I recently ran into a bug at work related to URI comparison, which has gotten me to thinking about URLs, URNs, and URIs (oh my!). There are a couple of good resources going over the difference between the three, so I won’t bore you with that. Instead, let’s talk about the nature of URL comparison, and its relation to OWIN token flows.

The bug

So what precipitated all of this? In Azure Active Directory, it is the responsibility of the application that receives a token to validate that it is indeed intended for them. This is done by looking at the audience claim within the JWT token we receive from whatever client is trying to authenticate with us. That audience, which the client specifies when requesting a token for you (the resource), is none other than the application’s App ID URI:

App ID URI

So far so good, but things get a bit worse off when you realize it is standard to validate the URI in the token with the one we have stored locally via a strict string comparison. This is unfortunate, and where the bug emerges. My allowedAudienceUris had e.g., http://my-app, but the actual App ID in Azure was http://my-app/ (note the trailing slash)!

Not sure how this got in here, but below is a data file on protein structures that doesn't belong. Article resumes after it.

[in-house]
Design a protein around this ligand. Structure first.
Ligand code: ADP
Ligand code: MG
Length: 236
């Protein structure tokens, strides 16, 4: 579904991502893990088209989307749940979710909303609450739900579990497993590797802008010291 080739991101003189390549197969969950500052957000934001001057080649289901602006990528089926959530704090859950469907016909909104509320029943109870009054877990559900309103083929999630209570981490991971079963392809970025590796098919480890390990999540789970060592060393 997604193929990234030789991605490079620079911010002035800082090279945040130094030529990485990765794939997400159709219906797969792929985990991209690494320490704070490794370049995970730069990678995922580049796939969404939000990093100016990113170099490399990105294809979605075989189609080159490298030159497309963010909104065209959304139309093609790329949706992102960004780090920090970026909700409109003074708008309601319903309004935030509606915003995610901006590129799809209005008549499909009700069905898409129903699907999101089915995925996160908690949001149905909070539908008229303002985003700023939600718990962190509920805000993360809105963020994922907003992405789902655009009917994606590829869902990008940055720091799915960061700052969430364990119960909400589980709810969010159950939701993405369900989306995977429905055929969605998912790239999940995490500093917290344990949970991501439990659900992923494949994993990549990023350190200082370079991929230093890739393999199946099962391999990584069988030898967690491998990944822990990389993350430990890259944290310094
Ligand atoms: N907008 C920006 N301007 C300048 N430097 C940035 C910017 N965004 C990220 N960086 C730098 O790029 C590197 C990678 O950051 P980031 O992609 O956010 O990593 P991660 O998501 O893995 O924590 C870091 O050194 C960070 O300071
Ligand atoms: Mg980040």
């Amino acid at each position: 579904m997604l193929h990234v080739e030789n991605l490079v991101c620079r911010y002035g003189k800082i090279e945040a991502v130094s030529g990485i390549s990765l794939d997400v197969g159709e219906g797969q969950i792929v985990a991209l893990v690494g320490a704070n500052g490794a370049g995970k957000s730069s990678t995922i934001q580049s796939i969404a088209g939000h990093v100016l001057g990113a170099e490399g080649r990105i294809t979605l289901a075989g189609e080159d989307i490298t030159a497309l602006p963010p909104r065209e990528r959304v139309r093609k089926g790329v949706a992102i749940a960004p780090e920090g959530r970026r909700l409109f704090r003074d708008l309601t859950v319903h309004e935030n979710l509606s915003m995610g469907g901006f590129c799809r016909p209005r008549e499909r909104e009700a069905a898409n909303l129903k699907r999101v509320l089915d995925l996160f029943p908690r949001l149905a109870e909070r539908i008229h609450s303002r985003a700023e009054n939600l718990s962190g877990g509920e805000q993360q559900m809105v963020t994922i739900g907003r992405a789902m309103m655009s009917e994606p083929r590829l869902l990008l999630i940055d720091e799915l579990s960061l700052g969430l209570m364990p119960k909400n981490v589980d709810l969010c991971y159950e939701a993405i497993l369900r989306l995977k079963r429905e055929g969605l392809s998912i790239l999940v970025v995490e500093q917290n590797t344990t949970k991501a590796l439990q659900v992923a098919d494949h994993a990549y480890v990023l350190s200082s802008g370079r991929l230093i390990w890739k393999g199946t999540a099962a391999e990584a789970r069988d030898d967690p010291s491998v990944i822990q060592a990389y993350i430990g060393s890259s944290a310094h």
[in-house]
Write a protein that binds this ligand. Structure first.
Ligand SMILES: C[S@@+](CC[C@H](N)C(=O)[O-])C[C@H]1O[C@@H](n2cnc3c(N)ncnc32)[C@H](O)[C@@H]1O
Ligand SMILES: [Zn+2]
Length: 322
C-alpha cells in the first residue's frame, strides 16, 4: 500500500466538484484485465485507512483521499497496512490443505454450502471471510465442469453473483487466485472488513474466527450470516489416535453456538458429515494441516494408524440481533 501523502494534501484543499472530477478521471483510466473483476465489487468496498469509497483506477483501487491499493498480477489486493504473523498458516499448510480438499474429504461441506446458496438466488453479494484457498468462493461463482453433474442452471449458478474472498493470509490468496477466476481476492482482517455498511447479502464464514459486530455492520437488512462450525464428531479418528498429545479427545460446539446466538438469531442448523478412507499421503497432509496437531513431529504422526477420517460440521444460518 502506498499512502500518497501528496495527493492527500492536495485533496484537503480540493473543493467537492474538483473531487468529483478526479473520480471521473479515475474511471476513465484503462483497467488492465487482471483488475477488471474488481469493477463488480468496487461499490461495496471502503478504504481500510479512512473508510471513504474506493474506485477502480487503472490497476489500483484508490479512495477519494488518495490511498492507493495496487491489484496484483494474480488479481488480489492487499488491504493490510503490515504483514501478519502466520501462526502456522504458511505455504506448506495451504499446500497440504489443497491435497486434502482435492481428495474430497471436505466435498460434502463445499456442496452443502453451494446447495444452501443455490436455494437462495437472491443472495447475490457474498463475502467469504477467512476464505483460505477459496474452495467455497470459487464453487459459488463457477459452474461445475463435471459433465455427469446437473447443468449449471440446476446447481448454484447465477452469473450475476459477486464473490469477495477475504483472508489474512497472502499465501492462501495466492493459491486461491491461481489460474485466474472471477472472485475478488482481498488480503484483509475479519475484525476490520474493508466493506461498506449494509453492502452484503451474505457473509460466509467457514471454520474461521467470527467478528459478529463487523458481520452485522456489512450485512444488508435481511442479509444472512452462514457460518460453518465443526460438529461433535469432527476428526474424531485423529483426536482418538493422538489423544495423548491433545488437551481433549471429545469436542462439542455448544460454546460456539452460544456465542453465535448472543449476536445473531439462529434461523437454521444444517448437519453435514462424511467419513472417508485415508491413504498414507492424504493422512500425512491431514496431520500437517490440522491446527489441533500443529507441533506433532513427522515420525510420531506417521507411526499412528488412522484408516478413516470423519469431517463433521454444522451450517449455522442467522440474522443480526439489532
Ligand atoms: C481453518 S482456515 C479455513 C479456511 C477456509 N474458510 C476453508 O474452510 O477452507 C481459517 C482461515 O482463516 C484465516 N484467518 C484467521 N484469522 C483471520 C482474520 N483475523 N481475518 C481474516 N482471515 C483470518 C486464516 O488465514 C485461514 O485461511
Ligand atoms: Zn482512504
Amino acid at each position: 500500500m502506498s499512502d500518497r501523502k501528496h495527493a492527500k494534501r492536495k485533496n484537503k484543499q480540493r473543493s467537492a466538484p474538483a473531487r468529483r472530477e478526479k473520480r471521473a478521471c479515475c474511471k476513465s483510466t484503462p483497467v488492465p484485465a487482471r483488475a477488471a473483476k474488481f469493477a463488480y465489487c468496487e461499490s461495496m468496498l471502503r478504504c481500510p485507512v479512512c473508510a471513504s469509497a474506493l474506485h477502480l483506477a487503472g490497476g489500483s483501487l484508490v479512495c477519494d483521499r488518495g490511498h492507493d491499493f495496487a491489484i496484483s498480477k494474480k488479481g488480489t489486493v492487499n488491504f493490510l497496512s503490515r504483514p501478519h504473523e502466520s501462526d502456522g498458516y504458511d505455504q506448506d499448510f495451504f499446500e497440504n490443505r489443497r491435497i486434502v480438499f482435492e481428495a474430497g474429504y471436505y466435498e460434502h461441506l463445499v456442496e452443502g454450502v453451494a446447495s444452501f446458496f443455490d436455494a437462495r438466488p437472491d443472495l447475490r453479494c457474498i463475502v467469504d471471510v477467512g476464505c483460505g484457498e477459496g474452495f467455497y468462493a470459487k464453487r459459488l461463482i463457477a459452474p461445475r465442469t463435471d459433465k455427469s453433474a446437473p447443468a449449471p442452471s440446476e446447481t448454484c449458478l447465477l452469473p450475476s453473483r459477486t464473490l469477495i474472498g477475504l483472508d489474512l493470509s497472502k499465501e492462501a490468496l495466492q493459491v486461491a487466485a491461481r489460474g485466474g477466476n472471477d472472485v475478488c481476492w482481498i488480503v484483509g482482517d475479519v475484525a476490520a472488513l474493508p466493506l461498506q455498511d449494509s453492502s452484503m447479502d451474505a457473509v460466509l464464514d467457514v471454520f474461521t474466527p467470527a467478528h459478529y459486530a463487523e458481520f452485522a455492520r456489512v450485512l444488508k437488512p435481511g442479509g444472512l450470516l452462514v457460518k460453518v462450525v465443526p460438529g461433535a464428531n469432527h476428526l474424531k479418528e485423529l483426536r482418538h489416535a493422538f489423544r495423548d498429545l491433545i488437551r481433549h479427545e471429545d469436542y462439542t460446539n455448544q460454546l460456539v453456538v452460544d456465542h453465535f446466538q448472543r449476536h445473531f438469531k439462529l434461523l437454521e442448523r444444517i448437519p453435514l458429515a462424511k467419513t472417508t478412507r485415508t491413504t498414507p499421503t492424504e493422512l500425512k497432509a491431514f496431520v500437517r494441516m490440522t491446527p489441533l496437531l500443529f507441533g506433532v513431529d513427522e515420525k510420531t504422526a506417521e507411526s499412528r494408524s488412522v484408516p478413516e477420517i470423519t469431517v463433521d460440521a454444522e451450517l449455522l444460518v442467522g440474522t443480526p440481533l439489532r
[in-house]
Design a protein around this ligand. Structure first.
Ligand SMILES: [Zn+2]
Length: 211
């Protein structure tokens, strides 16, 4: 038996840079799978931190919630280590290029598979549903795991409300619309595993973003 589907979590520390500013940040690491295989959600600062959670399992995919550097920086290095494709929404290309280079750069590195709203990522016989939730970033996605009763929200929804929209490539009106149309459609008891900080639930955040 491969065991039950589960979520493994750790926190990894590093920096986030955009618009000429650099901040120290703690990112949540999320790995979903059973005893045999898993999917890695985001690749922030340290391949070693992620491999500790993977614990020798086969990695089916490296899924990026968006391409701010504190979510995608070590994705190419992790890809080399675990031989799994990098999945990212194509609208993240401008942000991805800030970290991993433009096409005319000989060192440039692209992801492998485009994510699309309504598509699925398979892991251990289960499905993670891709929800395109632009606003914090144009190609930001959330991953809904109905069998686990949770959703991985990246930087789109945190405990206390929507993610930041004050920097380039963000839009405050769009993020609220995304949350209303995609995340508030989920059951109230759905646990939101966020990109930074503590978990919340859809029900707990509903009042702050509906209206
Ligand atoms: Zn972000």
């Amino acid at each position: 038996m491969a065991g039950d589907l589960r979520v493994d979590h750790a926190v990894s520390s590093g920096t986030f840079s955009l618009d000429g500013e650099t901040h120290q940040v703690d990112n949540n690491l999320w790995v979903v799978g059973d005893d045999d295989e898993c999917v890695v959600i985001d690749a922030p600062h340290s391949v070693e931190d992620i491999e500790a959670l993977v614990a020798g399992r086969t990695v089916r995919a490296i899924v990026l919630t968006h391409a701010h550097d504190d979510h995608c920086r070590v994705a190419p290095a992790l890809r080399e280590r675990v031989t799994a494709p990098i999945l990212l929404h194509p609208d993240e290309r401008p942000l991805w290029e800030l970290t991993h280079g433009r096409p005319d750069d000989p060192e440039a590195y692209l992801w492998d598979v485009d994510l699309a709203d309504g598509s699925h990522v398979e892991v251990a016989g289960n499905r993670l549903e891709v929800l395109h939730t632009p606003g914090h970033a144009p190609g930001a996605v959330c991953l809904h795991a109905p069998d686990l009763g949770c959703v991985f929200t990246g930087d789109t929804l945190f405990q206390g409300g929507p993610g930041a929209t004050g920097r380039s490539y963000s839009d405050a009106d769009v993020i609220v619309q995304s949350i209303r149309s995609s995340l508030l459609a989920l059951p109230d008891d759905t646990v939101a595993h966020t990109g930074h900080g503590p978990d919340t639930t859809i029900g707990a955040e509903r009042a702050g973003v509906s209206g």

A URI by any other string…

Of course, all of this could have been avoided by looking at the configs more carefully (luckily, I was able to find this issue pretty easily), but it doesn’t quite end there. You see, the ‘mismatched’ App ID vs Audience values were actually equivalent URIs! From the spec:

path-abempty = *( "/" segment )

If you still have faith in the good old .NET Standard Library, then you can also verify it with the following simple test:

var a = new Uri("http://example.com");
var b = new Uri("http://example.com/")
Console.WriteLine(a == b); // true

Unfortunately, the dogma of strict string comparison here is tearing two perfectly equivalent strings apart! I think it was a great man who said:

What’s in a URI? That which we identify with a trailing slash after the authority would be just as equal without it

Closing thoughts

In fact, the JWT standard even calls out the possibility of a given claim (in this case, the aud one), to be a StringOrURI. Unfortunately, it is left to the application to determine how to interpret this, but I would argue that ‘the application’ in this case is the broader OWIN context in which AAD token flows operate.

The lesson here being that one annoying code analysis warning is definitely worth considering. Any time you deal with URIs, try to use a library to do the comparison. When using another library, hope that it does the same.